Greg Steube: Women Should Not Have to Compete Against Biological Males in Sports

Last week, from his perch on the U.S. House Judiciary Committee, U.S. Rep. Greg Steube, R-Fla., brought out an amendment to the “Equality Act” which would “ensure that nothing in the bill could be construed to require biological females to compete against biological males in sports.”

Steube offered the rationale behind his amendment, which was shot down by the Democrat majority on the committee.

“I’m offering this amendment today to ensure that our daughters are provided an equal playing field in sports for generations to come, and that female athletes are not competing against male athletes for athletic scholarships and Title IX funding,” he said. “As we debate this so called ‘Equality Act,’ I want to guarantee that biological women are not forced to compete against biological men at all levels of athletic competition.  Science has proven time and time again that there is a significant performance difference between biological males and females from puberty onward. From percentage of lean muscle, to heart size, body fat, and joint angles, the bodies of men and women are distinctly unique and produce a vast and tangible  athletic performance differences. In fact, there is an average 10-12 percent performance gap between elite biological male and female athletes.  These differences are largely due to the large influx of testosterone males receive during puberty. Science is very clear here—there is no doubt that testosterone is the reason that biological men as a group perform better than women in sports—that’s why both men and women dope with androgens that are high in testosterone.

“On average, in elite biologically male athletes, there is 30 times more testosterone present, leading to physical characteristics that almost guarantee a higher rate of success in sporting events,” Steube added.

“But don’t take my word for it.  Let’s look at some examples,” he continued. “CeCe Telfer, a biological male who won three titles in the Northeast-10 Championships for women’s track and received the Most Outstanding Track Athlete award. Fallon Fox, a biological male who shattered female fighter Tamikka Brents’ eye socket and gave her a concussion. Brents said she ‘never felt so overpowered in her life.’ Gabrielle Ludwig, a 50-year-old, 6-foot-8-inch, 230-pound biological male, who led the Mission College women’s basketball team to a national championship with the most rebounds.  Just this past weekend, a biological male, won all nine events in weightlifting at the 100 percent Raw Weightlifting Federation competition in Virginia in the women’s category as a ‘transgender lifter.’  In reaction, British Olympic swimmer Sharron Davies took to Twitter to express her disdain over a trans woman competing in a female category. These are just a few examples, the list goes on and on.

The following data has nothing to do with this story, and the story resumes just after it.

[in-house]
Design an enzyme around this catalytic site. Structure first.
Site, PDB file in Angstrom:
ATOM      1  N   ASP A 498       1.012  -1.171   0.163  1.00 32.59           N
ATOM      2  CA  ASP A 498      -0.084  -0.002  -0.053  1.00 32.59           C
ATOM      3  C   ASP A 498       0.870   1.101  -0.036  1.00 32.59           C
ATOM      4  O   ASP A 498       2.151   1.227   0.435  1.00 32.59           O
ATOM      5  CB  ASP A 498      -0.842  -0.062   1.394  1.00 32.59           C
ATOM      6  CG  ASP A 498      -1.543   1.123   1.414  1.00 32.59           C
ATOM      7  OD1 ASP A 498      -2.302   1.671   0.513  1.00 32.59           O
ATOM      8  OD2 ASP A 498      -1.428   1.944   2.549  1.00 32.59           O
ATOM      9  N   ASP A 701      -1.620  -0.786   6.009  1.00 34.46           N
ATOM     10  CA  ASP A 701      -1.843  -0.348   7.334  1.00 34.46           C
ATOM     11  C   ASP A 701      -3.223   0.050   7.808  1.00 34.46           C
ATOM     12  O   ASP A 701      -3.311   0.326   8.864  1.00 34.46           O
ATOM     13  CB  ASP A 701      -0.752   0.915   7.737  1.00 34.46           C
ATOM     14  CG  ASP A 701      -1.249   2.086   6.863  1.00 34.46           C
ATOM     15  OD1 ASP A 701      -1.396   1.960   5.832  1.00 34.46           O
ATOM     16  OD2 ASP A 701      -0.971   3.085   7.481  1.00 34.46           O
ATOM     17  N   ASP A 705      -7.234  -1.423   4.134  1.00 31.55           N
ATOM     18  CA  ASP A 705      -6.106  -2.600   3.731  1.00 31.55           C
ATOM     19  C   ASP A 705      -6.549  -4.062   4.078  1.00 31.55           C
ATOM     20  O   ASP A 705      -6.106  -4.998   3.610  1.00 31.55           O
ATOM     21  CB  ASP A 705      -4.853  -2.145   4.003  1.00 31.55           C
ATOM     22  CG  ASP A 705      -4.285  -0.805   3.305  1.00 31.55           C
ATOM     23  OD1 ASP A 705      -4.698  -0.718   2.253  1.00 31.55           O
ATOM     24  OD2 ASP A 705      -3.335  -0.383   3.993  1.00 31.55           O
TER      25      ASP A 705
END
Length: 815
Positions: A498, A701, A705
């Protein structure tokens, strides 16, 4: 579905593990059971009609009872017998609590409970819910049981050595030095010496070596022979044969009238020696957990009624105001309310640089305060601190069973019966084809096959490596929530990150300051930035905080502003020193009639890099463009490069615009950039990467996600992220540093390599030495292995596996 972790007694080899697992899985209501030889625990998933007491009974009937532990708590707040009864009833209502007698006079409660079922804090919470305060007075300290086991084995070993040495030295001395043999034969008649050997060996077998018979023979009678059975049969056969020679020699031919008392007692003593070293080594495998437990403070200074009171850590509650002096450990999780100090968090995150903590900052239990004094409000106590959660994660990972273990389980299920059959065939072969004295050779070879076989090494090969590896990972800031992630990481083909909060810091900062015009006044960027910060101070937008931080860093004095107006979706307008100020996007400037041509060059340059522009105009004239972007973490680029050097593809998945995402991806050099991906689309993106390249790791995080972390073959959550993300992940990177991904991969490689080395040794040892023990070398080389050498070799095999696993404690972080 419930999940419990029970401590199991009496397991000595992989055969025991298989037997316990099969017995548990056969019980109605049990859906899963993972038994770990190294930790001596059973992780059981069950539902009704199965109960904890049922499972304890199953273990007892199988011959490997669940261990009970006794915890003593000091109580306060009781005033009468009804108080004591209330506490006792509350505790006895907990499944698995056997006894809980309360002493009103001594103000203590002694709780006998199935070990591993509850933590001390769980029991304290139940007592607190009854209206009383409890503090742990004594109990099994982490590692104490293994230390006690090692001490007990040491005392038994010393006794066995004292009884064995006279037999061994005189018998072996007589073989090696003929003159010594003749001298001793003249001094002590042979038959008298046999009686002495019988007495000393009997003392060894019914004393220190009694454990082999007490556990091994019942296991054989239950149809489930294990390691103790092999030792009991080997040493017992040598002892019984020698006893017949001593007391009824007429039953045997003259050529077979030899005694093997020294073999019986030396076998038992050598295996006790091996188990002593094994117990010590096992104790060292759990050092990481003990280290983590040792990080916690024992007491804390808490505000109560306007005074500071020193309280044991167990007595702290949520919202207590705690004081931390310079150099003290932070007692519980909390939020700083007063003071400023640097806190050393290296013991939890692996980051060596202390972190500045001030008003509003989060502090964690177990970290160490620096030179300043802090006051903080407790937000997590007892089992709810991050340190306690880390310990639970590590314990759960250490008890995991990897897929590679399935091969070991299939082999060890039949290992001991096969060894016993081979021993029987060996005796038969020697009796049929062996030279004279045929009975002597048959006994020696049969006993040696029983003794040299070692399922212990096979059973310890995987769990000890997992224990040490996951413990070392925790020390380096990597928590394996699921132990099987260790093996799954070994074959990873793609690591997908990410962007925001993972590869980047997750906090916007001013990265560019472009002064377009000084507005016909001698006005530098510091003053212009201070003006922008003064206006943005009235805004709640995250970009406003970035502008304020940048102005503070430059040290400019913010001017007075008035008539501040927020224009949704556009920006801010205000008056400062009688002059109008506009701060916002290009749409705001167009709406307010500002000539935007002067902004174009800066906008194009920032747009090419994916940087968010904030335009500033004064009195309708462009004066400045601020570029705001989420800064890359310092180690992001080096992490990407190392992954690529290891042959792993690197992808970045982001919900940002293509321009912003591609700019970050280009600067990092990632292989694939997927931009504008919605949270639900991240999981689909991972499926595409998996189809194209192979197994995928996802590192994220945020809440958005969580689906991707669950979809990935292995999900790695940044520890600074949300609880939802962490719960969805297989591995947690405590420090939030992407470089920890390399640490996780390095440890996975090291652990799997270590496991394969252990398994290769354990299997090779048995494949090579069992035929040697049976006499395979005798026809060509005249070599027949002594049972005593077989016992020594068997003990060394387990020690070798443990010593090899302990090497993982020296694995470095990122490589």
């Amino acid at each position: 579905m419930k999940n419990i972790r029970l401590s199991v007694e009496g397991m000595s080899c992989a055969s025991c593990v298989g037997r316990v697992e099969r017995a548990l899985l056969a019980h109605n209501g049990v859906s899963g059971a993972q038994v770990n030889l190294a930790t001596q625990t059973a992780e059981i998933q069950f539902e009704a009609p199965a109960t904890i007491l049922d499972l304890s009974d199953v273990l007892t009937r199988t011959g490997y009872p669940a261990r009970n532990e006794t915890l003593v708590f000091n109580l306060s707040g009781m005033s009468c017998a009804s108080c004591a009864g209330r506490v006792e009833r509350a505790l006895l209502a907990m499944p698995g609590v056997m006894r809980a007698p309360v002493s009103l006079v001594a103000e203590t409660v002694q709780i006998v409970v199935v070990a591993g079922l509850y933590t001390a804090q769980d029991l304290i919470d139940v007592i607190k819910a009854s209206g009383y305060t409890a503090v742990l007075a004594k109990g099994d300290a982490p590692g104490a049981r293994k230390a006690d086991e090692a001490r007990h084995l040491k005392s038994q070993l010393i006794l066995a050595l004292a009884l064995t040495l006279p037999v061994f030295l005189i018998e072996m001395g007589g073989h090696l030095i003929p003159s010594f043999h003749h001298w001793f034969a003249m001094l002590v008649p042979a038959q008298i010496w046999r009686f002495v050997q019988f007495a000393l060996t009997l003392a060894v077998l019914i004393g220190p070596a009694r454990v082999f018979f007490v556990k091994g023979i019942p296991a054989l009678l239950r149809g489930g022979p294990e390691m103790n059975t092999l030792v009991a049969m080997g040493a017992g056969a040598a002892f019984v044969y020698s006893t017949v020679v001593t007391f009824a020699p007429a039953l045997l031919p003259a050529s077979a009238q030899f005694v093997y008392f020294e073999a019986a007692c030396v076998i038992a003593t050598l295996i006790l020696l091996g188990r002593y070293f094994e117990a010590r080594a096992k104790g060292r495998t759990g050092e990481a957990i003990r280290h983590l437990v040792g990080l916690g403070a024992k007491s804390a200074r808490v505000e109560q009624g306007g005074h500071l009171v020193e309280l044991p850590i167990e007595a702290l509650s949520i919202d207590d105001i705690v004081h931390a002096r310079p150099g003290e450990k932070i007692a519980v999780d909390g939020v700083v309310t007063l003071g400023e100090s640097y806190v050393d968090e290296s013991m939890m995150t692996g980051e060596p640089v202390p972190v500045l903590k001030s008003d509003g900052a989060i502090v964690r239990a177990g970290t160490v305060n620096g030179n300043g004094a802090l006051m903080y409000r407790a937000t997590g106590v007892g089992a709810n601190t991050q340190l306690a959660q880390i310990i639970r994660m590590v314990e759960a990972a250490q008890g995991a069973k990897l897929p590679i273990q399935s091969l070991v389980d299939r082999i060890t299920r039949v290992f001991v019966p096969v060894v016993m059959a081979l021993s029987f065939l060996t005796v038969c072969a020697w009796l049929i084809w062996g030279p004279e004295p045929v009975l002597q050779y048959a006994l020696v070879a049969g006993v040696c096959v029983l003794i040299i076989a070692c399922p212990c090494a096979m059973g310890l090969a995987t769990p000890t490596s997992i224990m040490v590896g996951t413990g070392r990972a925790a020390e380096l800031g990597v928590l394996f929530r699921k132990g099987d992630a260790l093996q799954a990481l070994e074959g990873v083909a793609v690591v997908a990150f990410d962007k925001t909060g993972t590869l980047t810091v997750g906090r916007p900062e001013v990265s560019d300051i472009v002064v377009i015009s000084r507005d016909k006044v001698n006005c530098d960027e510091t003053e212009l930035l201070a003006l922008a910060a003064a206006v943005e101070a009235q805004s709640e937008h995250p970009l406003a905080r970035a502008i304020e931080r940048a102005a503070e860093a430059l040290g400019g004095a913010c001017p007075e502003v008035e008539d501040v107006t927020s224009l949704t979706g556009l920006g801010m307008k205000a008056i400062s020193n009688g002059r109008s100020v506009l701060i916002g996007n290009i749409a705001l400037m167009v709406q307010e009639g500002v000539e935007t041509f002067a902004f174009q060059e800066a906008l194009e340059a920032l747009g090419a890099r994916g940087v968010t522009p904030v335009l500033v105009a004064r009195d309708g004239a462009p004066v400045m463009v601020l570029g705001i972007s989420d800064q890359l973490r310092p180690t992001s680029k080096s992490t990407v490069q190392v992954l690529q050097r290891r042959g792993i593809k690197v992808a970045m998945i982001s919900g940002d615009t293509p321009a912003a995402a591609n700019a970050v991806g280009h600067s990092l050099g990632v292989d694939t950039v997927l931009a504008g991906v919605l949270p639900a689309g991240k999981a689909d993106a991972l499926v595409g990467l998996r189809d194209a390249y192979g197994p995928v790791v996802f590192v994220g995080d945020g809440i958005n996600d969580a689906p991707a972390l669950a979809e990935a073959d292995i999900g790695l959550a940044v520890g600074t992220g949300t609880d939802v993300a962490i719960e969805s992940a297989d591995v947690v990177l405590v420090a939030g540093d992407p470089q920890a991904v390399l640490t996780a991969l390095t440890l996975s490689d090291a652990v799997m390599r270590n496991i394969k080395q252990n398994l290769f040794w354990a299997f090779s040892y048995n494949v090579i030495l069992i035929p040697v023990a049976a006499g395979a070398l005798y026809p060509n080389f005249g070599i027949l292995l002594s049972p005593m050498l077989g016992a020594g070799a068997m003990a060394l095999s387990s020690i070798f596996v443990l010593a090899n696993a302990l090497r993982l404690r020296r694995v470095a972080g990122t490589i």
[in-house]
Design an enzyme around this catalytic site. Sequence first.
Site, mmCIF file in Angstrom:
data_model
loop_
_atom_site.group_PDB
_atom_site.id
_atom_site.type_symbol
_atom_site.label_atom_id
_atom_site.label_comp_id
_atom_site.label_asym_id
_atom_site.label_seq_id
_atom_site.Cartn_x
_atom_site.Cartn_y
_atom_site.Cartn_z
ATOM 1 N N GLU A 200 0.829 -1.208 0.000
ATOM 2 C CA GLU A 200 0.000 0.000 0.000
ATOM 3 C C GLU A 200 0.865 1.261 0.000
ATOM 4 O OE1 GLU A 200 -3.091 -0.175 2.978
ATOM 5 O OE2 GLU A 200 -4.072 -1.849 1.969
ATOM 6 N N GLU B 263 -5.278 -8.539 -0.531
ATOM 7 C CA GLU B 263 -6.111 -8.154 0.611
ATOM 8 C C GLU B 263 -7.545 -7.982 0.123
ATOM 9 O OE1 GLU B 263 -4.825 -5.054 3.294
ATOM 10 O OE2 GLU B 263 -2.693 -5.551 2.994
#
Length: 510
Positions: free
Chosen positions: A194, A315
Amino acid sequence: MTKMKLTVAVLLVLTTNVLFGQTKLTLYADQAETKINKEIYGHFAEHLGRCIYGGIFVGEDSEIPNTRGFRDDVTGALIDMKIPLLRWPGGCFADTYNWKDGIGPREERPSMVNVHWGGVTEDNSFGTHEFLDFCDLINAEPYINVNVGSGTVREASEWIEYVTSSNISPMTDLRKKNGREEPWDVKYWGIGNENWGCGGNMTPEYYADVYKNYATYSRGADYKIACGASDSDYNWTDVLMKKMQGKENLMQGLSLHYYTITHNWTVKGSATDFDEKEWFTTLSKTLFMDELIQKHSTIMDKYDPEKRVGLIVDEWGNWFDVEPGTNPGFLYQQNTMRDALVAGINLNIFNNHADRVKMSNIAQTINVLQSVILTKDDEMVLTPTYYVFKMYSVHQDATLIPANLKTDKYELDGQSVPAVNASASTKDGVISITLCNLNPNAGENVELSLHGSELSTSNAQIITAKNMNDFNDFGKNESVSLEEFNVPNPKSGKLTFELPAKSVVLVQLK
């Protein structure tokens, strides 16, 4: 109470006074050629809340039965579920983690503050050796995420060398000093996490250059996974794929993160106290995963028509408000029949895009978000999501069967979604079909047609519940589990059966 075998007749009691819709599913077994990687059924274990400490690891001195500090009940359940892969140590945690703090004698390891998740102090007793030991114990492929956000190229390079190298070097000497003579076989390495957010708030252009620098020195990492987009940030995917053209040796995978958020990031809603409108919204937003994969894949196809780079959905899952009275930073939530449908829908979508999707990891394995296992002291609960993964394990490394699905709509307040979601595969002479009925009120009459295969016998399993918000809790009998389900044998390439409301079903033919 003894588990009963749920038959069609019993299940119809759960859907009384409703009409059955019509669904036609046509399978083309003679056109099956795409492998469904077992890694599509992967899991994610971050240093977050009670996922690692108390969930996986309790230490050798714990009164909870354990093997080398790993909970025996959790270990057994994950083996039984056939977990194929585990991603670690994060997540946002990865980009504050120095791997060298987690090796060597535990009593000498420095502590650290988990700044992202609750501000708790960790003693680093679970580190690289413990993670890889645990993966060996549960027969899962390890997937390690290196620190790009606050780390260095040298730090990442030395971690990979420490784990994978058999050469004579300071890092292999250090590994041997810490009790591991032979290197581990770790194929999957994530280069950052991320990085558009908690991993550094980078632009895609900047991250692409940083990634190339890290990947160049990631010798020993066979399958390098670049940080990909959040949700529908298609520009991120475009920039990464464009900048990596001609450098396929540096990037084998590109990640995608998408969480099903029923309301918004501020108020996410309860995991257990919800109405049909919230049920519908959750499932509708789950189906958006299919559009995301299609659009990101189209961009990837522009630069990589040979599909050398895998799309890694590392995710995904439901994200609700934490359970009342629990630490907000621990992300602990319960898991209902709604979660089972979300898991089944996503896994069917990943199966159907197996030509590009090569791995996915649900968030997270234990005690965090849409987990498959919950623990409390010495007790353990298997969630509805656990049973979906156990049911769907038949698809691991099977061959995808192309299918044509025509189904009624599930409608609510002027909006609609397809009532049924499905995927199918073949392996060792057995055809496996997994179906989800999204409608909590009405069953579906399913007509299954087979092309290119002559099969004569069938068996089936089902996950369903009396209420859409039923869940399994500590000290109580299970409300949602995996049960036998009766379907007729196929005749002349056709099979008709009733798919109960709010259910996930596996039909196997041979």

“I for one don’t think it’s fair—or equal—to make young, biological women compete against biological males. That’s why I’m introducing this amendment,” Steube concluded, citing an op-ed in the Washington Post from Doriane Coleman, Martina Navratilova, and Sanya Richards-Ross, entitled “Pass the Equality Act, But Don’t Abandon Title IX.”

“The legislation would make it unlawful to differentiate among girls and women in sports on the basis of sex for any purpose. For example, a sports team couldn’t treat a transgender woman differently from a woman who is not transgender on the grounds that the former is male-bodied. Yet the reality is that putting male- and female-bodied athletes together is co-ed or open sport. And in open sport, females lose,” they wrote.  “Some Equality Act advocates argue that this is hyperbole and outdated stereotype. They say, as the ACLU has, that there is ‘ample evidence that girls can compete and win against boys.’ They are wrong. The evidence is unequivocal that starting in puberty, in every sport except sailing, shooting and riding, there will always be significant numbers of boys and men who would beat the best girls and women in head-to-head competition. Claims to the contrary are simply a denial of science.”

While Steube’s amendment came up short, he said he will try again when the bill is before the full House.


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